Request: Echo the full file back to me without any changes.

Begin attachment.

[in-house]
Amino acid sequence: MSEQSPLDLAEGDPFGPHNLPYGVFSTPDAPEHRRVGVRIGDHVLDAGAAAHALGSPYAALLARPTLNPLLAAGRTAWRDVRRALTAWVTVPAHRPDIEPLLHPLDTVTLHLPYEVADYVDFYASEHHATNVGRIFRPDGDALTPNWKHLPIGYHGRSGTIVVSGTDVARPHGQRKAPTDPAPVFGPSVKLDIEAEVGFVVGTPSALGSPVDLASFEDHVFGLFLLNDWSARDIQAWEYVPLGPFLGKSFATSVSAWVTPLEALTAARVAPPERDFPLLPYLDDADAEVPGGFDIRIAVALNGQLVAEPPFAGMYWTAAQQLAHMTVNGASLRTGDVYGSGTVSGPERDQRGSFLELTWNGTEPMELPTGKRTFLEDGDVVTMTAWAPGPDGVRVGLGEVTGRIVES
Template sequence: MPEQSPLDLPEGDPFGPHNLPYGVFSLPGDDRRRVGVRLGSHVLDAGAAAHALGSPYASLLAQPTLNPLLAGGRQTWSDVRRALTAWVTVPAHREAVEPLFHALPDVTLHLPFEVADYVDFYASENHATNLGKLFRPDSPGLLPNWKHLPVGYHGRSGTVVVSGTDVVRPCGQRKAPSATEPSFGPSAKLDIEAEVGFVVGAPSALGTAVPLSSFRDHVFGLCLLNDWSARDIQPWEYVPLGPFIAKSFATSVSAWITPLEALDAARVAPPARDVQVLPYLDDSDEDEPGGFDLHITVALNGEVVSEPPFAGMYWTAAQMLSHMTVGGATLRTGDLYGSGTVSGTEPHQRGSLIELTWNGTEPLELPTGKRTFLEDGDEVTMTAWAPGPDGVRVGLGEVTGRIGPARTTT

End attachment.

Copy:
[in-house]
Amino acid sequence: MSEQSPLDLAEGDPFGPHNLPYGVFSTPDAPEHRRVGVRIGDHVLDAGAAAHALGSPYAALLARPTLNPLLAAGRTAWRDVRRALTAWVTVPAHRPDIEPLLHPLDTVTLHLPYEVADYVDFYASEHHATNVGRIFRPDGDALTPNWKHLPIGYHGRSGTIVVSGTDVARPHGQRKAPTDPAPVFGPSVKLDIEAEVGFVVGTPSALGSPVDLASFEDHVFGLFLLNDWSARDIQAWEYVPLGPFLGKSFATSVSAWVTPLEALTAARVAPPERDFPLLPYLDDADAEVPGGFDIRIAVALNGQLVAEPPFAGMYWTAAQQLAHMTVNGASLRTGDVYGSGTVSGPERDQRGSFLELTWNGTEPMELPTGKRTFLEDGDVVTMTAWAPGPDGVRVGLGEVTGRIVES
Template sequence: MPEQSPLDLPEGDPFGPHNLPYGVFSLPGDDRRRVGVRLGSHVLDAGAAAHALGSPYASLLAQPTLNPLLAGGRQTWSDVRRALTAWVTVPAHREAVEPLFHALPDVTLHLPFEVADYVDFYASENHATNLGKLFRPDSPGLLPNWKHLPVGYHGRSGTVVVSGTDVVRPCGQRKAPSATEPSFGPSAKLDIEAEVGFVVGAPSALGTAVPLSSFRDHVFGLCLLNDWSARDIQPWEYVPLGPFIAKSFATSVSAWITPLEALDAARVAPPARDVQVLPYLDDSDEDEPGGFDLHITVALNGEVVSEPPFAGMYWTAAQMLSHMTVGGATLRTGDLYGSGTVSGTEPHQRGSLIELTWNGTEPLELPTGKRTFLEDGDEVTMTAWAPGPDGVRVGLGEVTGRIGPARTTT